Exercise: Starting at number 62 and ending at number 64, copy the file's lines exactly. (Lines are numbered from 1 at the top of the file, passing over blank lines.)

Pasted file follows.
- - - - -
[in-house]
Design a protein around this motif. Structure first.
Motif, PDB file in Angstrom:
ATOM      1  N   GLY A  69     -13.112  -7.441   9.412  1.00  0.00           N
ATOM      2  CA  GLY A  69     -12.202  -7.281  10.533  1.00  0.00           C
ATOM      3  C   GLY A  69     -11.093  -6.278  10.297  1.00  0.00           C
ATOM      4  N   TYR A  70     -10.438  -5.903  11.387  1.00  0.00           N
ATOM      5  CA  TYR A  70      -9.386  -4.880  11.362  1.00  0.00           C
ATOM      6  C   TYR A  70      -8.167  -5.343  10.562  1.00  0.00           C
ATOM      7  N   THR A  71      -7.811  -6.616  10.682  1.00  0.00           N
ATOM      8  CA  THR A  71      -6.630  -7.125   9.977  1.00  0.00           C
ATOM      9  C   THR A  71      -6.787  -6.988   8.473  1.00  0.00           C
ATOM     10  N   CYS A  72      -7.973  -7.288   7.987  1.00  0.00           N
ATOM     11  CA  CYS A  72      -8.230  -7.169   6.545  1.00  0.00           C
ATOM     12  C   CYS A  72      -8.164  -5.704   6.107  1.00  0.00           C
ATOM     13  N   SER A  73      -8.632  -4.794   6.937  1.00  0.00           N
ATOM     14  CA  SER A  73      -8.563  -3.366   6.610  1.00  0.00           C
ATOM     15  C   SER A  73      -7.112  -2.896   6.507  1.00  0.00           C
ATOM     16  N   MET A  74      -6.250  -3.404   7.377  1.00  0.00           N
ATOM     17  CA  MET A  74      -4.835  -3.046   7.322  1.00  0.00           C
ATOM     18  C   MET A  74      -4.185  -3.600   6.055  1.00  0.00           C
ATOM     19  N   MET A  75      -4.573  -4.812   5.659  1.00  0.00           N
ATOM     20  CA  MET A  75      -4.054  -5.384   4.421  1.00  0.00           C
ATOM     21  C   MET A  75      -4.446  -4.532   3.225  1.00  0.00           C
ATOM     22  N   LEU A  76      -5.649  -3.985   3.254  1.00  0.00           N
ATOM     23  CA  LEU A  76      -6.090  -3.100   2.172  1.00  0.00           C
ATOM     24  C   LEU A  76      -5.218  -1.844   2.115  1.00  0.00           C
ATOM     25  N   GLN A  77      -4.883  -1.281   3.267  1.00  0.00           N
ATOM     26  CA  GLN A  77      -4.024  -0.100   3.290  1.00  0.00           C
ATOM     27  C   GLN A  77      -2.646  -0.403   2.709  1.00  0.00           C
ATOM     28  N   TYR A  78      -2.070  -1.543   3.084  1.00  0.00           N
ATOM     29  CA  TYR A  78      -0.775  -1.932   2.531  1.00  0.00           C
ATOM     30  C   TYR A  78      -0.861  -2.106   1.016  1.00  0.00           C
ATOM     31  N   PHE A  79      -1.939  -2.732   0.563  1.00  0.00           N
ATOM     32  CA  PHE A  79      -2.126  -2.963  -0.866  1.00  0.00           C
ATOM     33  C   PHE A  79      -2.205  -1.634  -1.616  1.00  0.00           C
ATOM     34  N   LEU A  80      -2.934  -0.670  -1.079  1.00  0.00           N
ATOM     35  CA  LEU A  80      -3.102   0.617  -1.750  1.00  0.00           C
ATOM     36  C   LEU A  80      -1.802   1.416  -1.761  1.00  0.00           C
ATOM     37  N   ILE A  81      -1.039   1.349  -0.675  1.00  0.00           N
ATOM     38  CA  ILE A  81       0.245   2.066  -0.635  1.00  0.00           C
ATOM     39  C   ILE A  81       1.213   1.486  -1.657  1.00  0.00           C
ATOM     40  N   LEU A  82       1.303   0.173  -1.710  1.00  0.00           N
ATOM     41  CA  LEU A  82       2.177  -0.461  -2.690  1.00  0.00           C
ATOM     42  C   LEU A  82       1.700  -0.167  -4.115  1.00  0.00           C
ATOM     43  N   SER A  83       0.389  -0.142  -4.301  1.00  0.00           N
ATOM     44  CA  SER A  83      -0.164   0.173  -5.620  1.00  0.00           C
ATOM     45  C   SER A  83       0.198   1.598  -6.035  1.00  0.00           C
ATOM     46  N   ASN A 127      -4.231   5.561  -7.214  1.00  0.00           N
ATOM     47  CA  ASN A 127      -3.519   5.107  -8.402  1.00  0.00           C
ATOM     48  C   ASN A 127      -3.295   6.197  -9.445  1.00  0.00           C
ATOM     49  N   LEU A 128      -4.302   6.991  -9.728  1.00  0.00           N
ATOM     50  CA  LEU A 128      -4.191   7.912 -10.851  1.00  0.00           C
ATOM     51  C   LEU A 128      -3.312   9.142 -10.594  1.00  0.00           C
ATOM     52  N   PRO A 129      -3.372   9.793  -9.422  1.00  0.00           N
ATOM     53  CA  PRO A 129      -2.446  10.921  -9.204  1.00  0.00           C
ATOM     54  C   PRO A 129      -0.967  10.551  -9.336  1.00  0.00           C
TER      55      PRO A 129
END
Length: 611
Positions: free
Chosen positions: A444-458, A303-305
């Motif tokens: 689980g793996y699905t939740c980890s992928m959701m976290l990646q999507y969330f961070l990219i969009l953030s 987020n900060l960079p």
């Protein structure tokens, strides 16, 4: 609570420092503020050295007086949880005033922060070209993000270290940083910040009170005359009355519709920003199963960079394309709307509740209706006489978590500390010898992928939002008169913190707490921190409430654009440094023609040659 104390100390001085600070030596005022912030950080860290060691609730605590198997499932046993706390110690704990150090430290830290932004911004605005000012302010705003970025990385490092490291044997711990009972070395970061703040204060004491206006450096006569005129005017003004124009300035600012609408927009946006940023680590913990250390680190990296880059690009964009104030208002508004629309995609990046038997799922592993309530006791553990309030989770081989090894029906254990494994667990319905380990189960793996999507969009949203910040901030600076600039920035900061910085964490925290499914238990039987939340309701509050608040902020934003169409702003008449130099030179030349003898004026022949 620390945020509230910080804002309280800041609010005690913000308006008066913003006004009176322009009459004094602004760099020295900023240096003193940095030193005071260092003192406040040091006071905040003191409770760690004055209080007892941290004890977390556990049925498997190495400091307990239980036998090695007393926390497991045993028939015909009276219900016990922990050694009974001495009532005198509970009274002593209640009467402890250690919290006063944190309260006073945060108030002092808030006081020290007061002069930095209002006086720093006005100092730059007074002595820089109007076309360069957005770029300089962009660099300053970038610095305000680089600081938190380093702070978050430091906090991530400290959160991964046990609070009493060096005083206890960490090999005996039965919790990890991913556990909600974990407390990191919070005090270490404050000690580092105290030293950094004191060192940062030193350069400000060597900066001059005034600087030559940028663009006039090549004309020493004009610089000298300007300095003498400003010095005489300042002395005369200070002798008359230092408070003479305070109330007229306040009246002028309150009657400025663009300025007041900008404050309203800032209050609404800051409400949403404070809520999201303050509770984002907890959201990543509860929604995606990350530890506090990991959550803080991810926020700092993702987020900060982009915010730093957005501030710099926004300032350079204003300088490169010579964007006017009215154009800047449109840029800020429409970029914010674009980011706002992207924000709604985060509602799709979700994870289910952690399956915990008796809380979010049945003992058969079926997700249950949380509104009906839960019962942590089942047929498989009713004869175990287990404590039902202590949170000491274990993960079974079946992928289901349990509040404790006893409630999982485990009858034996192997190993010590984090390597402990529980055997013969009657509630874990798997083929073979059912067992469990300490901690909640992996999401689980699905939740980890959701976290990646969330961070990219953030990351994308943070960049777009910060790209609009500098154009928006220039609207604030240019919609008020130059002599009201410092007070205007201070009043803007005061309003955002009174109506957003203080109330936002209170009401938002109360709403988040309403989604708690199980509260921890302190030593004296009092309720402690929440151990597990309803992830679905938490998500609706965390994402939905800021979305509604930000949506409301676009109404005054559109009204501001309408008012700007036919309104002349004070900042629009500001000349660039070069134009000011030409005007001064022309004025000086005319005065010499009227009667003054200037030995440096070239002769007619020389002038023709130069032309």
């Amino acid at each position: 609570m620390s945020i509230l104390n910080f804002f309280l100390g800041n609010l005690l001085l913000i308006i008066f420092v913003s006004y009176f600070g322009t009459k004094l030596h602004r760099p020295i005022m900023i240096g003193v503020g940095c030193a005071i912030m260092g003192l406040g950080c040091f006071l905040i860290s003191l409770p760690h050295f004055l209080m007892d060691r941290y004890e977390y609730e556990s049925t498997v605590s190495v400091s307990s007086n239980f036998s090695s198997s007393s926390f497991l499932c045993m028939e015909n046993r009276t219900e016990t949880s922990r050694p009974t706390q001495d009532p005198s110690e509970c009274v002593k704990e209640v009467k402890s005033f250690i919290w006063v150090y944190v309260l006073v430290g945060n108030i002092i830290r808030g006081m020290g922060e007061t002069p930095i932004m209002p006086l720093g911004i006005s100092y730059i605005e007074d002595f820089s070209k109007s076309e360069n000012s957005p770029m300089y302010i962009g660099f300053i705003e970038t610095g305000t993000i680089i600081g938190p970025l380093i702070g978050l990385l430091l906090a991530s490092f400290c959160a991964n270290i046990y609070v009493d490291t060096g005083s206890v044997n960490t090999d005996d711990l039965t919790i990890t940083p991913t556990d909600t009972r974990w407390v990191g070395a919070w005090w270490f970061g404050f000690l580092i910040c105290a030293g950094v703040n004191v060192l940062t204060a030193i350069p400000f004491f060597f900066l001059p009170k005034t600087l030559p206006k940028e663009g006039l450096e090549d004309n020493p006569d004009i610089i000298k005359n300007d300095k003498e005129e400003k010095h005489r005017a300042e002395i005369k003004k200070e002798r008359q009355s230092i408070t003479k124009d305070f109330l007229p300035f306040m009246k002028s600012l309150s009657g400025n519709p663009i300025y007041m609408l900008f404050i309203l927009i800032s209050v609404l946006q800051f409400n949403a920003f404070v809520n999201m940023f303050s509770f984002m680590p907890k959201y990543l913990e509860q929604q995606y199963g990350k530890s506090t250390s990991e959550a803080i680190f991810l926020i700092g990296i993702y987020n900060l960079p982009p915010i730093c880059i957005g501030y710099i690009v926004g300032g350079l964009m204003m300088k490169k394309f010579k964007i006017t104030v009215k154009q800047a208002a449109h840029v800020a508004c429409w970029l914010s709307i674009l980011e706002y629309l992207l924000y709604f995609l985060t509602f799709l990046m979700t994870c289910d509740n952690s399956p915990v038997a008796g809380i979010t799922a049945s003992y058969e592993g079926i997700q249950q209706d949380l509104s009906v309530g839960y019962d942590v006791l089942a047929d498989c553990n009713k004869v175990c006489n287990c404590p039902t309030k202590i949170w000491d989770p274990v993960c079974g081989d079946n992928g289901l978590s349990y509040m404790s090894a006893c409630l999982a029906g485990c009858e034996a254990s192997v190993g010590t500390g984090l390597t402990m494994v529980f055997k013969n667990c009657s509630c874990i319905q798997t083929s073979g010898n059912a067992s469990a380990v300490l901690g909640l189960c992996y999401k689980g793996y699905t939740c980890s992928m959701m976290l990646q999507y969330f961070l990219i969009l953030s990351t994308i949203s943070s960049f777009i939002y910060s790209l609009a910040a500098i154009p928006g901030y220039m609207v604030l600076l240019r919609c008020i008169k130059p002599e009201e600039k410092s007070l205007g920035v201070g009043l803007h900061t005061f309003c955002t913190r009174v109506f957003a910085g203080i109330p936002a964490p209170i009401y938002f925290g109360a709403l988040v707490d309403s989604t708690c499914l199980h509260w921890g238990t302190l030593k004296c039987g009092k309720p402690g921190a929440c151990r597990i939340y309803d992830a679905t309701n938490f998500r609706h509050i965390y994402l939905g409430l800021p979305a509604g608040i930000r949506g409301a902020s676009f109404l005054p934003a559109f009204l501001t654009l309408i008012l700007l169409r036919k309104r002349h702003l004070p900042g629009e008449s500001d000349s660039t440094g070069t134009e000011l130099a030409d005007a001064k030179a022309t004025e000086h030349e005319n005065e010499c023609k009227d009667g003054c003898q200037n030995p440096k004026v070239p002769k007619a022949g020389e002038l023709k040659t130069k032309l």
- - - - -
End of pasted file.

Chosen positions: A444-458, A303-305
């Motif tokens: 689980g793996y699905t939740c980890s992928m959701m976290l990646q999507y969330f961070l990219i969009l953030s 987020n900060l960079p």
């Protein structure tokens, strides 16, 4: 609570420092503020050295007086949880005033922060070209993000270290940083910040009170005359009355519709920003199963960079394309709307509740209706006489978590500390010898992928939002008169913190707490921190409430654009440094023609040659 104390100390001085600070030596005022912030950080860290060691609730605590198997499932046993706390110690704990150090430290830290932004911004605005000012302010705003970025990385490092490291044997711990009972070395970061703040204060004491206006450096006569005129005017003004124009300035600012609408927009946006940023680590913990250390680190990296880059690009964009104030208002508004629309995609990046038997799922592993309530006791553990309030989770081989090894029906254990494994667990319905380990189960793996999507969009949203910040901030600076600039920035900061910085964490925290499914238990039987939340309701509050608040902020934003169409702003008449130099030179030349003898004026022949 620390945020509230910080804002309280800041609010005690913000308006008066913003006004009176322009009459004094602004760099020295900023240096003193940095030193005071260092003192406040040091006071905040003191409770760690004055209080007892941290004890977390556990049925498997190495400091307990239980036998090695007393926390497991045993028939015909009276219900016990922990050694009974001495009532005198509970009274002593209640009467402890250690919290006063944190309260006073945060108030002092808030006081020290007061002069930095209002006086720093006005100092730059007074002595820089109007076309360069957005770029300089962009660099300053970038610095305000680089600081938190380093702070978050430091906090991530400290959160991964046990609070009493060096005083206890960490090999005996039965919790990890991913556990909600974990407390990191919070005090270490404050000690580092105290030293950094004191060192940062030193350069400000060597900066001059005034600087030559940028663009006039090549004309020493004009610089000298300007300095003498400003010095005489300042002395005369200070002798008359230092408070003479305070109330007229306040009246002028309150009657400025663009300025007041900008404050309203800032209050609404800051409400949403404070809520999201303050509770984002907890959201990543509860929604995606990350530890506090990991959550803080991810926020700092993702987020900060982009915010730093957005501030710099926004300032350079204003300088490169010579964007006017009215154009800047449109840029800020429409970029914010674009980011706002992207924000709604985060509602799709979700994870289910952690399956915990008796809380979010049945003992058969079926997700249950949380509104009906839960019962942590089942047929498989009713004869175990287990404590039902202590949170000491274990993960079974079946992928289901349990509040404790006893409630999982485990009858034996192997190993010590984090390597402990529980055997013969009657509630874990798997083929073979059912067992469990300490901690909640992996999401689980699905939740980890959701976290990646969330961070990219953030990351994308943070960049777009910060790209609009500098154009928006220039609207604030240019919609008020130059002599009201410092007070205007201070009043803007005061309003955002009174109506957003203080109330936002209170009401938002109360709403988040309403989604708690199980509260921890302190030593004296009092309720402690929440151990597990309803992830679905938490998500609706965390994402939905800021979305509604930000949506409301676009109404005054559109009204501001309408008012700007036919309104002349004070900042629009500001000349660039070069134009000011030409005007001064022309004025000086005319005065010499009227009667003054200037030995440096070239002769007619020389002038023709130069032309």